Allergies are defined as a damaging immune system response to a substance with which it has become hypersensitive. Hives, hay fever, asthma, eczema and stuffy noses can be mild or dangerous depending on the individual.
Eating certain foods can help prepare the body for allergy season and reduce reactions to allergens.
Histamine is responsible for the inflammatory response to an allergen. Foods high in vitamins C and E, folate, quercetin and omega-3 fatty acids halt the release of histamines in the body. Stopping the reaction provides allergy relief from typical symptoms.
Omega-3 fatty acids can be found in flax-seed, walnuts and cold water fishes such as salmon. The Pacific and Atlantic salmon both contain high amounts in omega-3, protein and vitamin D.
Flax is a fiber and food crop which grows well in cooler climates. Brown and yellow or golden flax seeds are commercially available. Each variety hosts a high amount of omega-3 fatty acids, protein, fiber, and fat. Flax seeds may be roasted, boiled or ground into flour. The seeds contain a minor amount of folate and vitamin C.
Folate, or vitamin B9, can be found in beans and leafy, dark vegetables. Lentils and soybeans also have marginal amounts of vitamin C. They are an excellent source of protein and are very low in cholesterol.
Kale is another food which is high in folate and low in cholesterol. Kale provides a high amount of vitamin C. Other leafy greens which share similar benefits are spinach, chard and broccoli. Asparagus is another excellent source of folate and vitamins E and C.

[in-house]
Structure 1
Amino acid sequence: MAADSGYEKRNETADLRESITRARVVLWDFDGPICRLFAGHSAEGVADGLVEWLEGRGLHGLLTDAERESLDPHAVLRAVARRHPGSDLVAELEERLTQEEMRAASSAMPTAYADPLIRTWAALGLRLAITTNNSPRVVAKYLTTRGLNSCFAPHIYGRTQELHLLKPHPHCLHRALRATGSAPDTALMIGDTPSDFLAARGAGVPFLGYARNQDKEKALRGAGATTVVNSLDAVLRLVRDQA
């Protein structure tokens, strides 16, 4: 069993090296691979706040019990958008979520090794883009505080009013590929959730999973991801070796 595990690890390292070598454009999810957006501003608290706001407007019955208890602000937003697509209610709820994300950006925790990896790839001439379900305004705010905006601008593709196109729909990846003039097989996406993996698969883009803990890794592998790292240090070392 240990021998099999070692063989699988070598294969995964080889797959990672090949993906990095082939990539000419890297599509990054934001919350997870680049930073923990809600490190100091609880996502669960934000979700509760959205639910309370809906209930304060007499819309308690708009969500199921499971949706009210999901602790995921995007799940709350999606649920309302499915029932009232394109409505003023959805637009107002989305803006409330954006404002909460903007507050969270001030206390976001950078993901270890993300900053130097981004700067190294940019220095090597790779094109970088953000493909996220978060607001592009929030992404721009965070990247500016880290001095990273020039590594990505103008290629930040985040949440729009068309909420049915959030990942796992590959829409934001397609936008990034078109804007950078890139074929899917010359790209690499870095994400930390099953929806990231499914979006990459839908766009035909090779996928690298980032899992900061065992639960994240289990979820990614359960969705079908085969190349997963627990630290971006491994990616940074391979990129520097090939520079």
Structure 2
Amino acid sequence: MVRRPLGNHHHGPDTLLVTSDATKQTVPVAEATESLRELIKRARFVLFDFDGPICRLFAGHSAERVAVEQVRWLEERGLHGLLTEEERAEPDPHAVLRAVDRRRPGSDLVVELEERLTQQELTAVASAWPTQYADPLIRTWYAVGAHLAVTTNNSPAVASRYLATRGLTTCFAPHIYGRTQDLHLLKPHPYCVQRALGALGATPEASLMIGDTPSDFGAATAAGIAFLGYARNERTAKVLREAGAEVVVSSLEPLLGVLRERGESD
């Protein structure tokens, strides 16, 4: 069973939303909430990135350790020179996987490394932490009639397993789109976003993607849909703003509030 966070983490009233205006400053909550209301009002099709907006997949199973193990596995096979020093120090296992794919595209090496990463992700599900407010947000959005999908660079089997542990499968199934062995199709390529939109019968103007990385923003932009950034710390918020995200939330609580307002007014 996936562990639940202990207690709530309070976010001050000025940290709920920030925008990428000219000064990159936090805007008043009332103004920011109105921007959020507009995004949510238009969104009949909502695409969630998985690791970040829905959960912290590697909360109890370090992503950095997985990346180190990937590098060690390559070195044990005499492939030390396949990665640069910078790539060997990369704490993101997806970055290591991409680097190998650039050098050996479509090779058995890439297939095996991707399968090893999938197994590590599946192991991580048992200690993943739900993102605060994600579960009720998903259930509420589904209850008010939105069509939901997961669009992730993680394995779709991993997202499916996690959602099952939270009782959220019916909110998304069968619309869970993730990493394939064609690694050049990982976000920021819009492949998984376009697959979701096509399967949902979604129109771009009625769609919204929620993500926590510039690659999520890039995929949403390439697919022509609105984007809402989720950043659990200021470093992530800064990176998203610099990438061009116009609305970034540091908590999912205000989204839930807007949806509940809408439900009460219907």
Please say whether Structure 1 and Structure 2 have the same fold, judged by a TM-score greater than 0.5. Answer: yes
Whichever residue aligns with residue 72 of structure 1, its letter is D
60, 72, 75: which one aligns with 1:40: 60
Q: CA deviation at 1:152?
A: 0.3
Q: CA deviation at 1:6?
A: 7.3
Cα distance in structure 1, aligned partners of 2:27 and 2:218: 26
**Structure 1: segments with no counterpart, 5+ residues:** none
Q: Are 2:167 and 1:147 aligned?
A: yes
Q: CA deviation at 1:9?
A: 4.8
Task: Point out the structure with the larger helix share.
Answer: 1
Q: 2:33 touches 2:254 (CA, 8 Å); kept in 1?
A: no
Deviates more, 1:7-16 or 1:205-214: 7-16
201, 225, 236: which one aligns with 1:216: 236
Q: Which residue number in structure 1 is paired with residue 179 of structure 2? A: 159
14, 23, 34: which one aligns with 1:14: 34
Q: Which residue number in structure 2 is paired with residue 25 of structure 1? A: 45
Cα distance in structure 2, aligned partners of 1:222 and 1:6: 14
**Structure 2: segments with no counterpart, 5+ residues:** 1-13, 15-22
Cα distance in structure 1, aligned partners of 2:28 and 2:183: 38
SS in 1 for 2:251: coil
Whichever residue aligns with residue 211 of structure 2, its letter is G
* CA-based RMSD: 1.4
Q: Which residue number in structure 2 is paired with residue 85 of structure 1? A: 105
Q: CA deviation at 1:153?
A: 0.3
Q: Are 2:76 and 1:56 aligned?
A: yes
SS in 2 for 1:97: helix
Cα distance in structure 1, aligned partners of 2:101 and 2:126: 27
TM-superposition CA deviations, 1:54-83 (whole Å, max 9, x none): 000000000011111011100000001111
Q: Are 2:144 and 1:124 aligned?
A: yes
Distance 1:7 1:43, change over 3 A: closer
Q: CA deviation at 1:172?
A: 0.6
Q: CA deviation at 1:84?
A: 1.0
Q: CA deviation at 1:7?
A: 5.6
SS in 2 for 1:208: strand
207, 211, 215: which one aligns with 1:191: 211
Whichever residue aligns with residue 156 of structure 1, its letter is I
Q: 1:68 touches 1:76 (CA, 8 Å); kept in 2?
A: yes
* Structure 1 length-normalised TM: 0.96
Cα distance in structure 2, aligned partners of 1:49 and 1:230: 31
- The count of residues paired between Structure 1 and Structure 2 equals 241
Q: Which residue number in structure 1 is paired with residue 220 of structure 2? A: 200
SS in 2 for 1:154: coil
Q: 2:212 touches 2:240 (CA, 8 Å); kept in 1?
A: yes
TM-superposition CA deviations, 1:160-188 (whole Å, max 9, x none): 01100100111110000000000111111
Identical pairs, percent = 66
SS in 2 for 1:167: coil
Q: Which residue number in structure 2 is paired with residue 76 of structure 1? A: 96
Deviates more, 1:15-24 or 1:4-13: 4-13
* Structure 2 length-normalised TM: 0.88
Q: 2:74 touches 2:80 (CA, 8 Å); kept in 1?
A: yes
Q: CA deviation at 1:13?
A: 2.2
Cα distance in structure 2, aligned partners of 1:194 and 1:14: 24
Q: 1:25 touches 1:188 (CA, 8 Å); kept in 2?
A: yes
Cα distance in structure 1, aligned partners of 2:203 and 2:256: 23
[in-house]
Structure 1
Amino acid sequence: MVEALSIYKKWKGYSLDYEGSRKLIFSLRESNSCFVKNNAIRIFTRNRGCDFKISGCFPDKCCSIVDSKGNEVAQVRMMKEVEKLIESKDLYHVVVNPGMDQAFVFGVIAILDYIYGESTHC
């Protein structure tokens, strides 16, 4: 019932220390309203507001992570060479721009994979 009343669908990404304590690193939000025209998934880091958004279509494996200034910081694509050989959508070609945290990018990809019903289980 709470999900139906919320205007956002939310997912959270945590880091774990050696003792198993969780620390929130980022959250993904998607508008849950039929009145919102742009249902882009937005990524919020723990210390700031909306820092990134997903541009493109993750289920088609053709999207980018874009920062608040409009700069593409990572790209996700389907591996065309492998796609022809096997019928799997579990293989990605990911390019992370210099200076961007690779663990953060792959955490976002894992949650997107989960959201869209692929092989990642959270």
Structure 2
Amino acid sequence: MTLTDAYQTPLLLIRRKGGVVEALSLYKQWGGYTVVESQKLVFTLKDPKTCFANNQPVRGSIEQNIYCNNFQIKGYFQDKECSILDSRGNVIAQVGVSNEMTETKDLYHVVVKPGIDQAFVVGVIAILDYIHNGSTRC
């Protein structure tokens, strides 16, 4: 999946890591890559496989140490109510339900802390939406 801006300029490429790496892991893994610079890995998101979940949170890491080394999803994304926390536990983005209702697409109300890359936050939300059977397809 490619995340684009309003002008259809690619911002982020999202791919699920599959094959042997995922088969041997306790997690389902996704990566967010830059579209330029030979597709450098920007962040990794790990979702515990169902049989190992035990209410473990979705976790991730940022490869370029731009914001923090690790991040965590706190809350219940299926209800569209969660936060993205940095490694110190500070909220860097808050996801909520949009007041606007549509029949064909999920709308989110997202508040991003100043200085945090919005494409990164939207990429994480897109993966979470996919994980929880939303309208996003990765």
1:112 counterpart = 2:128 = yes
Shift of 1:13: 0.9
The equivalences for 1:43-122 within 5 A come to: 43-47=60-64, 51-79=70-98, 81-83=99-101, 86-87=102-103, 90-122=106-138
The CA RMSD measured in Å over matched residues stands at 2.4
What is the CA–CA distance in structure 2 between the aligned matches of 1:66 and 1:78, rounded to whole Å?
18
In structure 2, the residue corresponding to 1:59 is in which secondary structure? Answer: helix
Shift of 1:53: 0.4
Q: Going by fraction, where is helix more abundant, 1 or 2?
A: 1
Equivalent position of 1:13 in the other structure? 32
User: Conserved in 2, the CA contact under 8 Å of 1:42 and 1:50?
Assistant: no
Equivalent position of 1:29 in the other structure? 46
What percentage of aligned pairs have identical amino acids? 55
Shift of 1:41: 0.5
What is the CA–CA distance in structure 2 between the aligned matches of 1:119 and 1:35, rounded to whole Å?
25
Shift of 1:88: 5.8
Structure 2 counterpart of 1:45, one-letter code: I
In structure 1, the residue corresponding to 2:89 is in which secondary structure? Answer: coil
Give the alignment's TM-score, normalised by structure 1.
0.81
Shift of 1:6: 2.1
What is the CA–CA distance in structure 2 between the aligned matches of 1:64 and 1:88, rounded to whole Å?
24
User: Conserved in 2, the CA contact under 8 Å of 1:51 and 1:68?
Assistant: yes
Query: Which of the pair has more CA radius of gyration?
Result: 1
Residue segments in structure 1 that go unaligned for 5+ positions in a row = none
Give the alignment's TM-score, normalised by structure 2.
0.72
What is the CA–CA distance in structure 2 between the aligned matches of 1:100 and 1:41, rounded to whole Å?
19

L-ascorbic acid, more commonly known as vitamin C, improves immune system cells, acts as an antihistamine, an antioxidant and acts as an electron donor for enzymes. A majority of foods and drinks are fortified with vitamin C. Unfortunately any excess vitamin C in the body is just flushed out after being processed by the kidneys. The recommended daily amount of vitamin C for healthy adult men and woman is about 80 milligrams.
A large quantity of Vitamin C is present within citrus fruits, red and green peppers, apples and kiwi fruit. Vitamin C is a common nutrient that can be found is a large number of foods hence supplementation should not be necessary.
Laboratory studies have shown that quercetin may prohibit immune cells from expelling histamines. Pollinosis, or hay fever, is an inflammatory reaction to pollen with the nasal and ocular cavities. Quercetin was found to reduce pressure in ocular cavities and to reduce inflammation which will provide allergy relief.
Quercetin is a flavonal which may be found in fruits, vegetables, leaves and grains. Apples are particularly high in quercetin as are onions and garlic. Parsley, tomatoes, legumes, berries, grapes and wine are just a few examples of the broad number of foods that contain flavanoids.
No single food can prevent allergies entirely. Prepare for the allergy season with a diet that includes fresh fruits, vegetables and healthy grains. Health Canada recommends 8 to 10 servings of fruits a day.
Paul Chai is a health & wellness enthusiast writer with interests around seasonal allergies and allergy relief.